It’s always nice when you feel like you can really be you with the people you work with. Earlier, I got this message from the development manager at this company that I regularly work for.
Charles and I were discussing paintball this morning and it occurred to me that paintball could be a fun team event in October! Charles is an avid paintballer, so he would of course be on my team. Let me know if you have any particular reason why you think paintball is for the birds, otherwise, I’m going to see if we can reserve a field.
And in an ongoing effort to be honest and authentic, I replied:
Hard pass for me.
Don’t let that stop everyone else, but I don’t do paintball primarily for reasons of being a huge target/wuss.
The truth hurts. But a little less than getting hit with paintballs.
I recently bought a pretty bad-ass sit/stand desk, and as a result am selling my old glass desk on Craigslist. I have it listed for $60.
As is customary for selling things Craigslist, no matter what the item is priced at, there’s always a negotiation. You could be selling a $500 item for $20, and there’s a 90% chance that the buyer will ask “will you take $10 for it”. (Lack of punctuation is also customary Craigslist behavior.)
Them: Do you still have desk a you posted on Craigslist
Me: Yes, do you want to come and see it?
Them: Yes please when are you available
Me: I work from home so any time today would work for me
Them: OK it would have to be until around 7pm is that fine
Me: Sure, sounds good. I’m in South Austin, do you think you’ll be here at 7?
Them: Yes or perhaps closer to 730 also would you be willing to take 40
Me: I would take $50. Deal?
Them: Well I would be driving all the way from parmer lane which is why I can’t be there till 7 so with driving the distance can you do 40 and it’s a deal
Which brings us to our topic. I want to sell this desk, but I also really want to send back a tasty zinger, which I realize could cost me this sale. This is a risk I’m willing to take, as I have faith the desk will eventually sell. But currently, I’m trying to figure out the best possible zinger I could send.
A friend of mine recently won a contest on Facebook by spotting a misidentified bird species in the March-April edition of Minnesota Conservation Volunteer Magazine. He was able to correctly identify the bird as a Dickcissel, which up until yesterday was a word I had never heard before.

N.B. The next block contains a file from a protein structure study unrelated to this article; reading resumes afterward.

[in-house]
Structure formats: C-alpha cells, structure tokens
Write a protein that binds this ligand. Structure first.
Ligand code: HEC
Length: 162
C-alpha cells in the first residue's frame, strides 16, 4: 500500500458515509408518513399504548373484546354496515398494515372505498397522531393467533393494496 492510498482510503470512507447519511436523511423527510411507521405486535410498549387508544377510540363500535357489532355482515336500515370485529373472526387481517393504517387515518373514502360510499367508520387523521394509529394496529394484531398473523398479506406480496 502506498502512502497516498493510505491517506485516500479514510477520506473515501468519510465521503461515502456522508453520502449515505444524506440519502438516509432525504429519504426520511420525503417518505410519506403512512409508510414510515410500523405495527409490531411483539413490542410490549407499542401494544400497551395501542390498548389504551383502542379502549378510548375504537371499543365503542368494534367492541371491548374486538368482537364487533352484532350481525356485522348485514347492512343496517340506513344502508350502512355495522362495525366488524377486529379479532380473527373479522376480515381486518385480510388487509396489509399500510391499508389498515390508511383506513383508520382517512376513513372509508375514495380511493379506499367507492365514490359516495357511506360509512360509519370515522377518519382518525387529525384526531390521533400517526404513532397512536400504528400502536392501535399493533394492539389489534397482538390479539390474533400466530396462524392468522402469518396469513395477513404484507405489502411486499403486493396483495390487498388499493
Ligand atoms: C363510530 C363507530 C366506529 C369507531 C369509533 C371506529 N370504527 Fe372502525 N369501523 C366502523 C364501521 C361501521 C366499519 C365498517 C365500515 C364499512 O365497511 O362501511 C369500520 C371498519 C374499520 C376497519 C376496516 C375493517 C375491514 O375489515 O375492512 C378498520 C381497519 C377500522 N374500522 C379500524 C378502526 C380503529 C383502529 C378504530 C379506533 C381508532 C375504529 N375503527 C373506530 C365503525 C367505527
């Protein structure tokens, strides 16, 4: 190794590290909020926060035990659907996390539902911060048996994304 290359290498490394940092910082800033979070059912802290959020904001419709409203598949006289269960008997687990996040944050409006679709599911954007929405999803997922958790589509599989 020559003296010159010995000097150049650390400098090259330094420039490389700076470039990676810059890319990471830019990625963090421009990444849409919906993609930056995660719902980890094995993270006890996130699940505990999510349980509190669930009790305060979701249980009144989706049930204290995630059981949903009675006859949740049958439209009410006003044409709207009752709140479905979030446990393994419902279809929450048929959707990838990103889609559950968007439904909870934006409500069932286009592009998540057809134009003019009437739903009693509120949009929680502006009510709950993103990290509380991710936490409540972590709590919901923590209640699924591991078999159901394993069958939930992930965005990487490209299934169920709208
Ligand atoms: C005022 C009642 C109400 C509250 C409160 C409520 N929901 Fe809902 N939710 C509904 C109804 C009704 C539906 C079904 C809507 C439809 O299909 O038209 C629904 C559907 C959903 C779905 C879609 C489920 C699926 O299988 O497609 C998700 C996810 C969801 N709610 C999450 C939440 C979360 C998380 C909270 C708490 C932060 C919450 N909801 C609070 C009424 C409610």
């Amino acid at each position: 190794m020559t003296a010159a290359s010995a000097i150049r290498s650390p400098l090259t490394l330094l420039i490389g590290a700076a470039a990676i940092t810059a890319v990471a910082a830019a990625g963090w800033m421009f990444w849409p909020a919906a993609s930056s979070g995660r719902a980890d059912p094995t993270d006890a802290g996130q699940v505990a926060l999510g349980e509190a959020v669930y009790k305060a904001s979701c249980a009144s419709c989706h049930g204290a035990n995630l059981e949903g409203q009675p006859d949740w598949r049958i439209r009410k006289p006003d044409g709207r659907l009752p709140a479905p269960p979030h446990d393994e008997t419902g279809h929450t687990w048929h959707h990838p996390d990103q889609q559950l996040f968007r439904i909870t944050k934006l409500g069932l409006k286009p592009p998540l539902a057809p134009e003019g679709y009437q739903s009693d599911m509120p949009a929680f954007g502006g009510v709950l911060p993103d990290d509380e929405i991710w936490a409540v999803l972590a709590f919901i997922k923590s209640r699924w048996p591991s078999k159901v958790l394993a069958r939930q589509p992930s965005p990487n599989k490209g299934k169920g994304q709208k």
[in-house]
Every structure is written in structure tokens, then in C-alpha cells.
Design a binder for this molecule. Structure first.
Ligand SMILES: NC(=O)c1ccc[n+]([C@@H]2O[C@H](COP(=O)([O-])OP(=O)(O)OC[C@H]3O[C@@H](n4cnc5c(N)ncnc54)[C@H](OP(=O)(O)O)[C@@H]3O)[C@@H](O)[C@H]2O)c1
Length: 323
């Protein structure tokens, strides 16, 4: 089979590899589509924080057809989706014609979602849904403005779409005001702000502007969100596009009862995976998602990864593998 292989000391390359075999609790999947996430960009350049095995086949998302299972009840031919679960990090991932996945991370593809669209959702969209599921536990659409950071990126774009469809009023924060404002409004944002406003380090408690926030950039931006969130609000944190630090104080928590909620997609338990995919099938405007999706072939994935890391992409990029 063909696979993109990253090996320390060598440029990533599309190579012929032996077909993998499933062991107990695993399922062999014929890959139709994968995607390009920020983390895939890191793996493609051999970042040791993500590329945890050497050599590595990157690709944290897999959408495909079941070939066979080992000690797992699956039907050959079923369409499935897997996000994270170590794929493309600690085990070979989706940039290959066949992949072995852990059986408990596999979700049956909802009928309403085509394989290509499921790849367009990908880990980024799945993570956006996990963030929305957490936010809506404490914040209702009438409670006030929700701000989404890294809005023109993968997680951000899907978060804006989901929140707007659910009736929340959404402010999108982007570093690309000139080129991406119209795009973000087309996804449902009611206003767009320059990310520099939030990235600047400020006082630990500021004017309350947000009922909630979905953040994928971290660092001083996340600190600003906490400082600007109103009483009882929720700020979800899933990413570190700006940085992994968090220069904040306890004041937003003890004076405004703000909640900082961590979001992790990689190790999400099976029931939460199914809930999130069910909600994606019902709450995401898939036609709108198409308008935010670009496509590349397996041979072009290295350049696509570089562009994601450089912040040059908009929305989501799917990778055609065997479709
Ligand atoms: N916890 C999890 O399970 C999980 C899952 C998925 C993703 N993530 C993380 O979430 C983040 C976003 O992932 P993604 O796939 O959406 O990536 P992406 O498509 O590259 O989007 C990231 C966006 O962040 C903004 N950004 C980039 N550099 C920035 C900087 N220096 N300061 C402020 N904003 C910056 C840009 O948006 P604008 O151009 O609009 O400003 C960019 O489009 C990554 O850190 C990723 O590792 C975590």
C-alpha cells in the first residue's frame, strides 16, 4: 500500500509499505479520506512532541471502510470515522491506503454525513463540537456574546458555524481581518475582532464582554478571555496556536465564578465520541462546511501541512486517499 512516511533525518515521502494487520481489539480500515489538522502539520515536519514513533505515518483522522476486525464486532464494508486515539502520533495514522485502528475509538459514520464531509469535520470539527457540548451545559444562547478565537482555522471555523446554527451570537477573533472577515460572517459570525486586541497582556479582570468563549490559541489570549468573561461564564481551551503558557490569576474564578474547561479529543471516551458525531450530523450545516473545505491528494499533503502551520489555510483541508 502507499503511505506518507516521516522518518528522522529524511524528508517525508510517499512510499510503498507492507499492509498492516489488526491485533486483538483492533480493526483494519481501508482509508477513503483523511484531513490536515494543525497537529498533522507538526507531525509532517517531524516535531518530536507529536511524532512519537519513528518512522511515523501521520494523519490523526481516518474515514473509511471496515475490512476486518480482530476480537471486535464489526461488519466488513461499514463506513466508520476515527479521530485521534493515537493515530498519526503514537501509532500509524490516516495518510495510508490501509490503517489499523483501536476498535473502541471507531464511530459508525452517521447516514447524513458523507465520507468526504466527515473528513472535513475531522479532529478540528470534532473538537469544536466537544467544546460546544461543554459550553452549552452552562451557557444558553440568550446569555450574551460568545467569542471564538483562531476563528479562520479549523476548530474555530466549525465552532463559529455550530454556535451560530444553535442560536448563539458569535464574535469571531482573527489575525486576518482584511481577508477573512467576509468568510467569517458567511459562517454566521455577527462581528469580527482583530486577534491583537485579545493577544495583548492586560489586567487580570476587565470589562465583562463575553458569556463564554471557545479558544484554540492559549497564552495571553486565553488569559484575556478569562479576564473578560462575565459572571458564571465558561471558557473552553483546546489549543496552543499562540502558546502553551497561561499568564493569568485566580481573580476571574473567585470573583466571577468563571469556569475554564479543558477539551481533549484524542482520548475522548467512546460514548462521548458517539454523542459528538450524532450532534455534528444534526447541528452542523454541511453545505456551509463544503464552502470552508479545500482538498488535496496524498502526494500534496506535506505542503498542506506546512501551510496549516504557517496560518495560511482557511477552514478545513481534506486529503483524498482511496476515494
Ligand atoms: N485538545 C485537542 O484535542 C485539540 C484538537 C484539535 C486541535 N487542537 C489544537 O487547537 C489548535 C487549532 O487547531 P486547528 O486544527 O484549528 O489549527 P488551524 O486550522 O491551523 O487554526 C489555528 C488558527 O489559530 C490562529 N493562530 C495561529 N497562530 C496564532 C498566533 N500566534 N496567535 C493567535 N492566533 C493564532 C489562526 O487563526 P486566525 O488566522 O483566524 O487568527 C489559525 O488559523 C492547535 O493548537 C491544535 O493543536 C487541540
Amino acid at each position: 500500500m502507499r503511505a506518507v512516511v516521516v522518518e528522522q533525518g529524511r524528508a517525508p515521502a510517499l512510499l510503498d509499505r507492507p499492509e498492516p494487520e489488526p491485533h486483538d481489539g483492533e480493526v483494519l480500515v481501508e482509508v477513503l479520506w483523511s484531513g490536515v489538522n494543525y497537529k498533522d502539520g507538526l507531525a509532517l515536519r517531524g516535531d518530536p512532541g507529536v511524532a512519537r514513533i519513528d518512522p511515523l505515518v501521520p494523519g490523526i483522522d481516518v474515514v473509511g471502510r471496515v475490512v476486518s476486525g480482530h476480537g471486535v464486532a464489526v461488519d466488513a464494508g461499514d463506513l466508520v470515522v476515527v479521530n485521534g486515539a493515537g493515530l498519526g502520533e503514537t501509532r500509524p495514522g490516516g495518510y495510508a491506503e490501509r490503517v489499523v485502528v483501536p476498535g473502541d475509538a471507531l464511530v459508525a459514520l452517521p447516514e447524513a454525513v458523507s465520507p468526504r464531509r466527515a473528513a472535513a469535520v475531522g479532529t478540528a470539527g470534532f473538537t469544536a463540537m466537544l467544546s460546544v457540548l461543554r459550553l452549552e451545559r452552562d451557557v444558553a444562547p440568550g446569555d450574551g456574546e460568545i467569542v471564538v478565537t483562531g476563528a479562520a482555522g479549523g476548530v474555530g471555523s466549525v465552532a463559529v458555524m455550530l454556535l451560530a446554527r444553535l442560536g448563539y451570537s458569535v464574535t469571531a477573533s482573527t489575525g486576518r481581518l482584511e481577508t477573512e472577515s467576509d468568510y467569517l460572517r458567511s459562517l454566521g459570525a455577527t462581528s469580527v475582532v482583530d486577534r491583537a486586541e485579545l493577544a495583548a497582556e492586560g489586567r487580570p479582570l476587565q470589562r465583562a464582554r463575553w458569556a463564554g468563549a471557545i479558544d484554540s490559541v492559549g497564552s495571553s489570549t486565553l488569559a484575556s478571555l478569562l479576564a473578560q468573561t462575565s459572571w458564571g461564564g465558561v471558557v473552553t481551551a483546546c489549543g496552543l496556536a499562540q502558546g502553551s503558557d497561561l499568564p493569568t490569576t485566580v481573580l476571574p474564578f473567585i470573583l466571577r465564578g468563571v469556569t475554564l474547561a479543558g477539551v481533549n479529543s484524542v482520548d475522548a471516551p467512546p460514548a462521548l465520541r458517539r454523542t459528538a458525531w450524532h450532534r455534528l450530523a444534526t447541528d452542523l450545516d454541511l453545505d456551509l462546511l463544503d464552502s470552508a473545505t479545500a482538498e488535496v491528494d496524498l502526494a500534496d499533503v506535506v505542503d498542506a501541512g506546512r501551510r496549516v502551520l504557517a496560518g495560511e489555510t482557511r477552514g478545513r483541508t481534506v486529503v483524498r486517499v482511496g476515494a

I admire this, because this sort of nature knowledge is completely foreign to me.
Despite my admiration, the bylaws of our friendship require me to make at least one wisecrack about any achievement in a subject in which we do not share knowledge.
My friend Mark posted the following MC Hammer video on Facebook with the caption:
Good morning everyone. Your day is about to get better. You’re welcome.
What followed in the comments is some of the finest extemporaneous creative writing I’ve ever done.
Me: This is where Hammer peaked as a lyricist.
Mark: I’m not the Hammer historian you are, Jeff, so correct me if I’m wrong, but might this also be his speedo-wearing, schlong-slinging peak as well?
Me: It’s not that simple, Mark. With great work comes great struggle, and this Hammer masterpiece is no exception.
It’s widely believed among Hammer historians that this video is layered in metaphor with Hammer’s feelings on his celebrity. The remote controlled waterfall symbolizes the unhinged excess that piles of money can cause, and the stark change from his extra-baggy silk parachute pants to his fully-exposed banana hammock symbolize the complete loss of privacy Hammer experienced as he became more famous.
But he keeps up the facade of happiness for the public, and “goes through the motions” (symbolized by the choreographed dance moves in the second half), with his true emotions hidden by the dark black sunglasses he wears throughout the video.
So while the layman may view this video as his speedo-wearing peak (no offense), it actually marks the peak of Hammer’s sadness. And his genius.
Mark: Profound. Could it then be said that, in Hammer’s philosophical search for the true self, that his speedo, as juxtaposed with his harem of bikini clad ladies, is intended to symbolize the Anima Jungian archetype?
Me: I go into that in the seventh chapter of my book, When Parachute Pants Don’t Break Your Fall: The Untold MC Hammer Story, hitting bookshelves in October.